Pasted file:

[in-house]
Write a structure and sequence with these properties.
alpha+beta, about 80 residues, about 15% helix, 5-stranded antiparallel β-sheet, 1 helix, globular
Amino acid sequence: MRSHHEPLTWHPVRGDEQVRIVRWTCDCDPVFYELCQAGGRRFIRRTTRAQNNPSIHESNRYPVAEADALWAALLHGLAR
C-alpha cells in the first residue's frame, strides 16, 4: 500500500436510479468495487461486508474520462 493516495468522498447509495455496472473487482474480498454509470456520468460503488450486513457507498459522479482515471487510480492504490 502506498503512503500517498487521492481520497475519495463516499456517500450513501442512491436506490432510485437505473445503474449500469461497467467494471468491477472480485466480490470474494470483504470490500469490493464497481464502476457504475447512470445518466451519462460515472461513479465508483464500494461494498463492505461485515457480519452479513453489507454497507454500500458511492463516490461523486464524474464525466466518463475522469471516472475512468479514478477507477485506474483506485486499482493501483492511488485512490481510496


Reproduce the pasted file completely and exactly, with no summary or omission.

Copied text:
[in-house]
Write a structure and sequence with these properties.
alpha+beta, about 80 residues, about 15% helix, 5-stranded antiparallel β-sheet, 1 helix, globular
Amino acid sequence: MRSHHEPLTWHPVRGDEQVRIVRWTCDCDPVFYELCQAGGRRFIRRTTRAQNNPSIHESNRYPVAEADALWAALLHGLAR
C-alpha cells in the first residue's frame, strides 16, 4: 500500500436510479468495487461486508474520462 493516495468522498447509495455496472473487482474480498454509470456520468460503488450486513457507498459522479482515471487510480492504490 502506498503512503500517498487521492481520497475519495463516499456517500450513501442512491436506490432510485437505473445503474449500469461497467467494471468491477472480485466480490470474494470483504470490500469490493464497481464502476457504475447512470445518466451519462460515472461513479465508483464500494461494498463492505461485515457480519452479513453489507454497507454500500458511492463516490461523486464524474464525466466518463475522469471516472475512468479514478477507477485506474483506485486499482493501483492511488485512490481510496